A Very Special Journey: Handbook from Hospice to inform and educate patients and family members about what to expect as patients experience their final transition http://hpbc.com/pdfs/literature/very_special_journey.pdf
Frequently Asked Questions for Palliative Care and Hospice Care http://palliativedoctors.org/faq
Optimal Healing Environments in Home Hospice and Palliative Care; http://www.cmsatoday.com/2015/08/18/optimal-healing-environments-in-home-hospice-and-palliative-care
Samueli Institute: https://www.samueliinstitute.org/research-areas/optimal-healing-environments/ohe-framework
National Decision Day: National Healthcare Decisions Day (NHDD) exists to inspire, educate and empower the public and providers about the importance of advance care planning. NHDD is an initiative to encourage patients to express their wishes regarding healthcare and for providers and facilities to respect those wishes, whatever they may be. To learn more visit the website at http://www.nhdd.org
Being Mortal: Medicine and What Matters in the End. Atul Gawande. This is a book by Dr. Gawande that I would highly recommend. He reviews how we age and the challenges that come with aging. The book will make you think and allow you the opportunity to ensure your final transitions meet your goals.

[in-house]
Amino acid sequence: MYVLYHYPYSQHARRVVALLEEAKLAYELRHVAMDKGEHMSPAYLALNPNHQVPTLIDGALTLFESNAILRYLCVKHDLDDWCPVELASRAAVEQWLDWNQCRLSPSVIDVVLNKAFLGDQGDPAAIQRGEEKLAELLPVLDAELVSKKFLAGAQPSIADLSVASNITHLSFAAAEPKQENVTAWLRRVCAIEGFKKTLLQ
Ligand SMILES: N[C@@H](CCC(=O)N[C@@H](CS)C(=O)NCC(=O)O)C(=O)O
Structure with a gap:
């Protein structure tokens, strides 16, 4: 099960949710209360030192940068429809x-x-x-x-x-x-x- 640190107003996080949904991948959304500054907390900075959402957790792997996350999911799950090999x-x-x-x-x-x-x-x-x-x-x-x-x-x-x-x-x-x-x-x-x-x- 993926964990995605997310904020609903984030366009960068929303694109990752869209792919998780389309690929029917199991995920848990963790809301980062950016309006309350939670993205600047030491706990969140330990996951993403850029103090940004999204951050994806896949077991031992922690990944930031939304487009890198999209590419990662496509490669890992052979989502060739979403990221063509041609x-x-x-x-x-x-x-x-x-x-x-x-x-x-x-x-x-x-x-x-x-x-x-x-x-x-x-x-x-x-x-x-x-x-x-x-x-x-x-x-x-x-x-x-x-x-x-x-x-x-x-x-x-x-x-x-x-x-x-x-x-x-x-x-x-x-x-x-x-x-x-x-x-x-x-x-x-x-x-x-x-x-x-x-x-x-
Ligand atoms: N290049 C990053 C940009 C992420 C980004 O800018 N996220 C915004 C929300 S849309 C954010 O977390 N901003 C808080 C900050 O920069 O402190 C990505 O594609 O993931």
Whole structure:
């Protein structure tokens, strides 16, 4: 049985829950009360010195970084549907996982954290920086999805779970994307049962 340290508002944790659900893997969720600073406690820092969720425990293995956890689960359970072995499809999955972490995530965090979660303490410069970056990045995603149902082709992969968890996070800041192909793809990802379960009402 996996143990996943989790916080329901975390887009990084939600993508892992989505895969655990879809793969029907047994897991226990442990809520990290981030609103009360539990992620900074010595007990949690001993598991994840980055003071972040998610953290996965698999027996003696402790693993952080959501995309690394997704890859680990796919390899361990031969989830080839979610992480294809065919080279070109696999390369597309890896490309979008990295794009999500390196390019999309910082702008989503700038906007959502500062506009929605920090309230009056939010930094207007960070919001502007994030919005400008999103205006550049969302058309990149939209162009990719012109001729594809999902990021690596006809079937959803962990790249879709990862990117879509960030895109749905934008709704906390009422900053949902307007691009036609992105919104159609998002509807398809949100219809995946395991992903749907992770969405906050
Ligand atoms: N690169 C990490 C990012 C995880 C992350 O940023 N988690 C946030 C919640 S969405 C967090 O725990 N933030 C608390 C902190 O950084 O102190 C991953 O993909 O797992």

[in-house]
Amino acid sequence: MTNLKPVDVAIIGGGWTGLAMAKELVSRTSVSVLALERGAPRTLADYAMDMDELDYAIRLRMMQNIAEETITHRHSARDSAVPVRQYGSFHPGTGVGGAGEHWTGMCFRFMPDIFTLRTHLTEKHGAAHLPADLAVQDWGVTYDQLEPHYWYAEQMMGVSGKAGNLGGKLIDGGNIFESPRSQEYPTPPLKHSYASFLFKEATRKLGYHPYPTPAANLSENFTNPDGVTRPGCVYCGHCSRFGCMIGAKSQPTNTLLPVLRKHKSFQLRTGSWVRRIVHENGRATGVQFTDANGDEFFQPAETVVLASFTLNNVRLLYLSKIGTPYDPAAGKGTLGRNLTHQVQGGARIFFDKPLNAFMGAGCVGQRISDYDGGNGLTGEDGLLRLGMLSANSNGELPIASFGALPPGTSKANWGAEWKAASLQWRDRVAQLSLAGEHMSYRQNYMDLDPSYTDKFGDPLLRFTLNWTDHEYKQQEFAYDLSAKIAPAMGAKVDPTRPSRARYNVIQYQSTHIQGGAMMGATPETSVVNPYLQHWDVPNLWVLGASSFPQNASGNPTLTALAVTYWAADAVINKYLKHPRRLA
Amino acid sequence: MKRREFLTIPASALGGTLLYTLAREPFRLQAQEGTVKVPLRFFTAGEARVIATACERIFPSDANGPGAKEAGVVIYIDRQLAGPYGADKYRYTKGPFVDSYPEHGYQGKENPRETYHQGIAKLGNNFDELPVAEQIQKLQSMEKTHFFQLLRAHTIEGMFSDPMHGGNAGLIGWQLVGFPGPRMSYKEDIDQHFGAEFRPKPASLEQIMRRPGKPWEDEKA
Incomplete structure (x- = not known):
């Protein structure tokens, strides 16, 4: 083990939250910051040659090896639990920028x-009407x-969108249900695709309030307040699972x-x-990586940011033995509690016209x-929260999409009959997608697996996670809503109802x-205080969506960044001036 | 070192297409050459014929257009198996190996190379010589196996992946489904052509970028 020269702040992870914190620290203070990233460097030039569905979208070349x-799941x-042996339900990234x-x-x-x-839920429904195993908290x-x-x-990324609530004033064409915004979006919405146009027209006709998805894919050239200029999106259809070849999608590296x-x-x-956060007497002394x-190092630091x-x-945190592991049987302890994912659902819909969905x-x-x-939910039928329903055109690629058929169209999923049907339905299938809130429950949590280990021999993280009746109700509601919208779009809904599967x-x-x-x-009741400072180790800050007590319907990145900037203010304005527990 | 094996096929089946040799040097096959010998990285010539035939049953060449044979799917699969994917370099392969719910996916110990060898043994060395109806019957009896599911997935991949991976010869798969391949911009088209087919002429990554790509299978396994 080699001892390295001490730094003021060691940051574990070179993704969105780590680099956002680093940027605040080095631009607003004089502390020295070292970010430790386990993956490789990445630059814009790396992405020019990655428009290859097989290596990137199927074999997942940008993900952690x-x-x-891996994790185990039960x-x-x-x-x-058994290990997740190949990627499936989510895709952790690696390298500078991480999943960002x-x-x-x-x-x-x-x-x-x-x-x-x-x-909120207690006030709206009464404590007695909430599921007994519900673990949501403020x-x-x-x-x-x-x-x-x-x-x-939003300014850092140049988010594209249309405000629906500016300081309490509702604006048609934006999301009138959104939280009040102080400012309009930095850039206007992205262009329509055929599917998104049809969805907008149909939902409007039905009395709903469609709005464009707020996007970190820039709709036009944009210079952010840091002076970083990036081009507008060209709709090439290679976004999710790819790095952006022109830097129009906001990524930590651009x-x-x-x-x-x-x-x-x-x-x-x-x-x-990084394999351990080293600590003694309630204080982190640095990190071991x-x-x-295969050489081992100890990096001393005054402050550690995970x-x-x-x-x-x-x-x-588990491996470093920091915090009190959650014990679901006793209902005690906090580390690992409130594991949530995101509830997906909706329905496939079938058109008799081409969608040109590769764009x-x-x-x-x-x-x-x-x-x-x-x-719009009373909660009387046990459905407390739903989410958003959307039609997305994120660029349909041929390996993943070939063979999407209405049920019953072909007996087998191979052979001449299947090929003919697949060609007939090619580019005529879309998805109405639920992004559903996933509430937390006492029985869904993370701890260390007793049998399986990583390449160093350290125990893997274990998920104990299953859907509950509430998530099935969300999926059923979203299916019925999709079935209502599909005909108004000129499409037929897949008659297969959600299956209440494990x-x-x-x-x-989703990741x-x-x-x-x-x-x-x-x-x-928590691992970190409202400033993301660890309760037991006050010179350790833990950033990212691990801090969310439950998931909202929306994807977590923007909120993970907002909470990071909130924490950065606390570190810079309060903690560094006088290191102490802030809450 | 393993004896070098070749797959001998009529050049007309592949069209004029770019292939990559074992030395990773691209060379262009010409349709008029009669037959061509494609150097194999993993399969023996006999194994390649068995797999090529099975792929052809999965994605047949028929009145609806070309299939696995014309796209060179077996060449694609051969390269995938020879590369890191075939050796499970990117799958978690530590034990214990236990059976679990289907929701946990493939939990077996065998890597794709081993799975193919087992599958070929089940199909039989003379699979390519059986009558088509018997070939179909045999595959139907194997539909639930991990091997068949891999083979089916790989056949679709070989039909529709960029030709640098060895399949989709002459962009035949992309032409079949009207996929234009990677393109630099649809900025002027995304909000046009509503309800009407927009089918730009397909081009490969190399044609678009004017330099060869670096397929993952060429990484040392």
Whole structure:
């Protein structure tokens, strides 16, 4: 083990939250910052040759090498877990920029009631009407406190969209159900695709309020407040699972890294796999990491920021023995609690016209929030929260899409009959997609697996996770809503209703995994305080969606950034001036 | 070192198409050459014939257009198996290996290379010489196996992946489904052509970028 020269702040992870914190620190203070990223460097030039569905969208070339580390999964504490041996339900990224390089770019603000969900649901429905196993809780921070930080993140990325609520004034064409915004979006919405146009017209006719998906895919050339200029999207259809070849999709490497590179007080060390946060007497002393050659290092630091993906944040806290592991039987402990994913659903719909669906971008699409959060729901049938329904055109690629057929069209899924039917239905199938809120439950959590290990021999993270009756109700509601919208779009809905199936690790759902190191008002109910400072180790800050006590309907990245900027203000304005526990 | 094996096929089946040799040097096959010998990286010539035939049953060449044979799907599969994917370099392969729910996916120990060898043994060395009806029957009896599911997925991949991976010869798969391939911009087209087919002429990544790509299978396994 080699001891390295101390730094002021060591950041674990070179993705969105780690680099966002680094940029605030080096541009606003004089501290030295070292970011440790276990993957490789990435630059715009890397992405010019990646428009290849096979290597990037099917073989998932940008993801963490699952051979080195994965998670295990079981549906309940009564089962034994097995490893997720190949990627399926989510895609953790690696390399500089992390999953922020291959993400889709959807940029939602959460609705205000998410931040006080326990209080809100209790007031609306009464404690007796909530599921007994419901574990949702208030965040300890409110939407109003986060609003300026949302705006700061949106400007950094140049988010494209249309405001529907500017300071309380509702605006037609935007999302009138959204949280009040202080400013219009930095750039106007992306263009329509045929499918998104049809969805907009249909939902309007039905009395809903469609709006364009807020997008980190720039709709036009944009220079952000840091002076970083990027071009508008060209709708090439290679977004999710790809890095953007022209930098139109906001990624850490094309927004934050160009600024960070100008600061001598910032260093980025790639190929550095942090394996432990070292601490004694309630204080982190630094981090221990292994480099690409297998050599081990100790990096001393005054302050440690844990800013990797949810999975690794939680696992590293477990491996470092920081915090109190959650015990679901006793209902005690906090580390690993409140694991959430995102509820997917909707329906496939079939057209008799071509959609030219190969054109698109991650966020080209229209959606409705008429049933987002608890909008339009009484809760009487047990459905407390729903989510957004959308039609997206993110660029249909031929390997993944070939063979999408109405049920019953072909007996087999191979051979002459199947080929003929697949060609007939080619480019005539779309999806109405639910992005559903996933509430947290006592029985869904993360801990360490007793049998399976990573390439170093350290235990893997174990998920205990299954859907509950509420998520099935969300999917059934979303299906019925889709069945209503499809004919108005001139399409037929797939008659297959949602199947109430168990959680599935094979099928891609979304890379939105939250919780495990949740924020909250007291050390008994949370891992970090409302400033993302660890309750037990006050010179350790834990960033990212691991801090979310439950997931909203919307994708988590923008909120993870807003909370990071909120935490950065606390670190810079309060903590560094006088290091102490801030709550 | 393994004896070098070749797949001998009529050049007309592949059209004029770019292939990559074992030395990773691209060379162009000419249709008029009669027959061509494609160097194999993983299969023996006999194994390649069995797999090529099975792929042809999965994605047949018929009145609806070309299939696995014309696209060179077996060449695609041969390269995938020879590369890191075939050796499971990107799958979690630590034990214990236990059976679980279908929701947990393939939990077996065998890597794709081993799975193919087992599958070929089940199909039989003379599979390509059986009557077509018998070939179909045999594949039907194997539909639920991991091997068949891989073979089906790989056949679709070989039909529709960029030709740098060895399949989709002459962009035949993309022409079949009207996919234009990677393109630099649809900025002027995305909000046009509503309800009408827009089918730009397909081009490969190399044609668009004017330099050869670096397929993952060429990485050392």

Very moving Anne.
As a mother of a significantly disabled adult, I was touched and impressed with the level of support Uncle Dave received from your family. He was a lucky man.
RIP Uncle Dave…
Thanks for your note Donna…yes, Dave was very fortunate…to have parents who had the foresight to plan for his future and a brother and nephew who took up the challenge after they passed. I am sure your child will also do well…..have a good weekend
Great work, Anne! It seems as health care has become more hectic and money-driven, providers spend far more time just keeping up and getting by, and far less time thinking past the current moment. Plus, the traditional do-everything mode is far more lucrative than hospice, and profits have become the top priority in many if not most areas of American health care, at least from a management perspective. Patients pay a heavy price, and it's nice to see a case where they didn't get chewed up in the money mill.
Your piece reminds me of the initiation ritual they used in a Pre-Med group in college: it involved knight imagery, bravely fighting the enemy Death. A philosophy major, I'm used to examining ideas closely. I thought, "Don't they all realize that the way they're framing the practice of medicine, they're promising themselves certain failure in every case? We all die, after all." Medicine today seems to still largely not get that message, pretending that we save lives. We don't, of course. We don't prevent death, we merely delay it. From this perspective, preserving quality of life seems a far more practical goal in man cases. That goal we can achieve.
Simply lovely, Anne. This post touched my heart. And the resources at the end that you reference are wonderful. A true blend of art and science. Great work!